20. Jeroen C.J.M. van den Bergh & Albert Faber & Annemarth M. Idenburg & Frans H. Oosterhuis, 2007. "Evolutionary Economics and Environmental Policy," Books, Edward Elgar Publishing, number 12511.
    21. Lipsey, Richard G. & Carlaw, Kenneth I. & Bekar, Clifford T., 2005. "Economic Transformations: General Purpose Technologies and Long-Term Economic Growth," OUP Catalogue, Oxford University Press, number 9780199290895.
    22. Geels, Frank W., 2006. "The hygienic transition from cesspools to sewer systems (1840-1930): The dynamics of regime transformation," Research Policy, Elsevier, vol. 35(7), pages 1069-1082, September.
    23. Manner, Mikko & Gowdy, John, 2010. "The evolution of social and moral behavior: Evolutionary insights for public policy," Ecological Economics, Elsevier, vol. 69(4), pages 753-761, February.
    24. Staffan Jacobsson & Anna Bergek, 2004. "Transforming the energy sector: the evolution of technological systems in renewable energy technology," Industrial and Corporate Change, Oxford University Press, vol. 13(5), pages 815-849, October.
    25. Carlota Perez, 2002. "Technological Revolutions and Financial Capital," Books, Edward Elgar Publishing, number 2640.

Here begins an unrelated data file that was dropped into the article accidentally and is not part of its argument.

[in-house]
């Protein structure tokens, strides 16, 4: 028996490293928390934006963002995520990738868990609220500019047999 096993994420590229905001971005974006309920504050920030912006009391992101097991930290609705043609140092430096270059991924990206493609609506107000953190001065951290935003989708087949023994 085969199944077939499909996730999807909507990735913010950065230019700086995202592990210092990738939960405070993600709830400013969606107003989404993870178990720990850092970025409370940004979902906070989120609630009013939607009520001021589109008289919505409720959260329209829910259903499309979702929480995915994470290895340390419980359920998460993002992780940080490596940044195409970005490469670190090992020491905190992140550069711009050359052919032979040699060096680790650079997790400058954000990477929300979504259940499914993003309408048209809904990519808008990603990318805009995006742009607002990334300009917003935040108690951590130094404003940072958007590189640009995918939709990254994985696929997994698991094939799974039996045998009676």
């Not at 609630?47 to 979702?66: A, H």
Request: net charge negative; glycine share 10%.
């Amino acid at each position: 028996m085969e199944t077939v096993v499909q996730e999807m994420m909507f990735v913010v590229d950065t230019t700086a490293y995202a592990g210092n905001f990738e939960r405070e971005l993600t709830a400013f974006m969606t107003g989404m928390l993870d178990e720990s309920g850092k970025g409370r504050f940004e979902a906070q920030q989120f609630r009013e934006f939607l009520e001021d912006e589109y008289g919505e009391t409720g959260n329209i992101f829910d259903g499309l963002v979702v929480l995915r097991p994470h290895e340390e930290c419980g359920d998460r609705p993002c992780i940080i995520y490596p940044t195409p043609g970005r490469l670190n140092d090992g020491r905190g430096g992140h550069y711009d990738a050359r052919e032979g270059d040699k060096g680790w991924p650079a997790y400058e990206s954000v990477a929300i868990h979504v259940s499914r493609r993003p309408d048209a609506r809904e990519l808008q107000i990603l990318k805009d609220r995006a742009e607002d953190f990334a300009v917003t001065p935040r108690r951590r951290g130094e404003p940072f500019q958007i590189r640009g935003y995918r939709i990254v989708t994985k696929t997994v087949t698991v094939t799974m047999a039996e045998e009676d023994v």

26. Markard, Jochen & Truffer, Bernhard, 2008. "Technological innovation systems and the multi-level perspective: Towards an integrated framework," Research Policy, Elsevier, vol. 37(4), pages 596-615, May.
    27. Geels, Frank W., 2002. "Technological transitions as evolutionary reconfiguration processes: a multi-level perspective and a case-study," Research Policy, Elsevier, vol. 31(8-9), pages 1257-1274, December.
    28. Chris Freeman & Luc Soete, 1997. "The Economics of Industrial Innovation, 3rd Edition," MIT Press Books, The MIT Press, edition 3, volume 1, number 0262061953, January.
    29. David, Paul A, 1985. "Clio and the Economics of QWERTY," American Economic Review, American Economic Association, vol. 75(2), pages 332-337, May.
    30. Vatn, Arild, 2005. "Rationality, institutions and environmental policy," Ecological Economics, Elsevier, vol. 55(2), pages 203-217, November.
    31. Jeroen Bergh, 2007. "Evolutionary thinking in environmental economics," Journal of Evolutionary Economics, Springer, vol. 17(5), pages 521-549, October.
    32. ., 1998. "Technological Change," Chapters,in: The Elgar Companion to Classical Economics, chapter 127 Edward Elgar Publishing.
    33. Garud, Raghu & Karnoe, Peter, 2003. "Bricolage versus breakthrough: distributed and embedded agency in technology entrepreneurship," Research Policy, Elsevier, vol. 32(2), pages 277-300, February.
    34. R. Bolton & T.J. Foxon, 2011. "Governing Infrastructure Networks For A Low Carbon Economy: Co-Evolution Of Technologies And Institutions In Uk Electricity Distribution Networks," Competition and Regulation in Network Industries, Intersentia, vol. 12(1), pages 2-27, March.